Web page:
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This book, the first on the law of water in Scotland to be published for more than 100 years, provides a comprehensive account of the rights of landowners with resepct to water that flows through their land.
The book is in three parts. The first part analyses the extent to which water can be subject to ownership. The second considers the ownership of land under water including the effect water can have on the boundaries of land through the doctrines of alluvion and avulsion. The final, and most substantial, part investigates the rights and obligations of landowners regarding water, with a special emphasis on the role of common interest.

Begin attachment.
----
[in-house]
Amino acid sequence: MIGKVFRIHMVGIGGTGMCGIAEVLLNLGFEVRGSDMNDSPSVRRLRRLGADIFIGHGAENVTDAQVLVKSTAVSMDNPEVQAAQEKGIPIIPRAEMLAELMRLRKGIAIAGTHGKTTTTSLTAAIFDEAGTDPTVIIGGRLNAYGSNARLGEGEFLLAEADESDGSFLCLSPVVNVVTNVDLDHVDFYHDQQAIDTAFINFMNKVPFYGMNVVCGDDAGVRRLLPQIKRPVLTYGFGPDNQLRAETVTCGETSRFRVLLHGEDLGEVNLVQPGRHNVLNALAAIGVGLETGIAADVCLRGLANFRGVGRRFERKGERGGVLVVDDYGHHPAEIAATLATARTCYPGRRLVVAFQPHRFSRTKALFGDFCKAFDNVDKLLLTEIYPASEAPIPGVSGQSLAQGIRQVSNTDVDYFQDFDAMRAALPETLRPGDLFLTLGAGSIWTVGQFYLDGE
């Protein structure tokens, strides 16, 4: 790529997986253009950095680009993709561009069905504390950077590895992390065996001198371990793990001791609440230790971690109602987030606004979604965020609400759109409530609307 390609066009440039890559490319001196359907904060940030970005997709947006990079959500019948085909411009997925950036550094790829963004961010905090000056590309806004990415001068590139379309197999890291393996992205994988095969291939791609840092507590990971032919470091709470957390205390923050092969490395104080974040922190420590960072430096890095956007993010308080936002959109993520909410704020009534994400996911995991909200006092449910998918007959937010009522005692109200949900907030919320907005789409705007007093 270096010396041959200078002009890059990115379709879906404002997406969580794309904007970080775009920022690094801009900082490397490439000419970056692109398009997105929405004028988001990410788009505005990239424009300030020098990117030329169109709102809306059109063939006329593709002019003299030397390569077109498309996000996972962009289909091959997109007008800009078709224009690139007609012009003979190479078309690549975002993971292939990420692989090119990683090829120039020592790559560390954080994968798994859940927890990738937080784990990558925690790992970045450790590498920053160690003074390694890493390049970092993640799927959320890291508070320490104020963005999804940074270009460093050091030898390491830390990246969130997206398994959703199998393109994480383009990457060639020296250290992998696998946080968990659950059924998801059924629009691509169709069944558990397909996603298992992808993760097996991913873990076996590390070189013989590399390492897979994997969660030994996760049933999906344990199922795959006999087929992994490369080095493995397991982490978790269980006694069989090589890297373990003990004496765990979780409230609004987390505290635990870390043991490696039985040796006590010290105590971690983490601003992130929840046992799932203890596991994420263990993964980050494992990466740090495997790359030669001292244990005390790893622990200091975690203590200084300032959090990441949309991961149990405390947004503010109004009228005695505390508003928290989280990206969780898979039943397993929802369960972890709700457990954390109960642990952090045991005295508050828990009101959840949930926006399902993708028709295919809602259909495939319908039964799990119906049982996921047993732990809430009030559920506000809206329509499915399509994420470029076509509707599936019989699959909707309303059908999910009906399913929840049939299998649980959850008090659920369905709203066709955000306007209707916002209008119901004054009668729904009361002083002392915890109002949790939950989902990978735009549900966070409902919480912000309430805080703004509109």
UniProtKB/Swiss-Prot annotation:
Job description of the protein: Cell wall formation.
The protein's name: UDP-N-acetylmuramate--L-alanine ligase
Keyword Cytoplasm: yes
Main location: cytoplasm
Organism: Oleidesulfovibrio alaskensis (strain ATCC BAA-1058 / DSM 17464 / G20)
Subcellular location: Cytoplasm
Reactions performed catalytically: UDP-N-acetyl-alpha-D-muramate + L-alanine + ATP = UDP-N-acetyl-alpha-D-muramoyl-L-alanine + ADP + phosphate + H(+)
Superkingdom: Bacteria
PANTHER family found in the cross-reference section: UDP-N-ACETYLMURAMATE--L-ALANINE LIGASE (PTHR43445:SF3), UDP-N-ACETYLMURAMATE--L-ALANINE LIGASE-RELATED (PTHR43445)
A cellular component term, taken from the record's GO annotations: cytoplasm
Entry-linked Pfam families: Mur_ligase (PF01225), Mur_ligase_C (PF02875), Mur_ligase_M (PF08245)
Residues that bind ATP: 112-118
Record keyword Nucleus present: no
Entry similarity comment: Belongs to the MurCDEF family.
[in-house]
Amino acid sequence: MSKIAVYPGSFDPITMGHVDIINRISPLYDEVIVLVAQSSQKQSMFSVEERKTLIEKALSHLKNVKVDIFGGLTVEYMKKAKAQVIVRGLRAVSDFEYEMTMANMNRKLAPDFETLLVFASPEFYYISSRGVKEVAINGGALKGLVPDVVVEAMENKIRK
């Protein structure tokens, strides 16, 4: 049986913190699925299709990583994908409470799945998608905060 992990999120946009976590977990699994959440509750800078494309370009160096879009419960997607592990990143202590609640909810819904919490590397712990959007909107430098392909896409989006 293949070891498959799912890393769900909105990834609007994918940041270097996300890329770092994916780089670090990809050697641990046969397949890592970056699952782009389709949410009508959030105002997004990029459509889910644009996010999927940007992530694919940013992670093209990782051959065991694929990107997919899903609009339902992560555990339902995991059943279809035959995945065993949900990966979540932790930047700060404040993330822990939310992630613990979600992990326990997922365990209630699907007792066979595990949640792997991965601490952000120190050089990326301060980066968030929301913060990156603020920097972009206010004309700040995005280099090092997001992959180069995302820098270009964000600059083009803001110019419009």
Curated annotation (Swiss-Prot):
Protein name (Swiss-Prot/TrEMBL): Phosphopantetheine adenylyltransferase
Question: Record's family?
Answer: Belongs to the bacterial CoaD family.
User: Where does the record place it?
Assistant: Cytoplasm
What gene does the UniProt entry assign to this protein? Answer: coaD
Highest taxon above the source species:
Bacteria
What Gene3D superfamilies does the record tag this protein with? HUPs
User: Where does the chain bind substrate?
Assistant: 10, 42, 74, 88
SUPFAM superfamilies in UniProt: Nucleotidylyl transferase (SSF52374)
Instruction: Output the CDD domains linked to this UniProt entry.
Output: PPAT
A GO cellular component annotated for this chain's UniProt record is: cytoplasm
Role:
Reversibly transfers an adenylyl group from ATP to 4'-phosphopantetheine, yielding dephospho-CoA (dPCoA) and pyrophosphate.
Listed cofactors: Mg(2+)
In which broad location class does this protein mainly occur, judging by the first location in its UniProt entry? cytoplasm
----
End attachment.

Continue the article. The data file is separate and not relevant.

The modern law is set against the background of the slow and often uncertain evolution of the rules over many centuries. Each part begins with Roman law before tracing how the law came to be received and developed by the institutional writers and the courts. It finishes with an analysis of the law as we find it today. Comparative reference is made to the law in England, the Netherlands, Sri Lanka, South Africa, Quebec and Louisiana.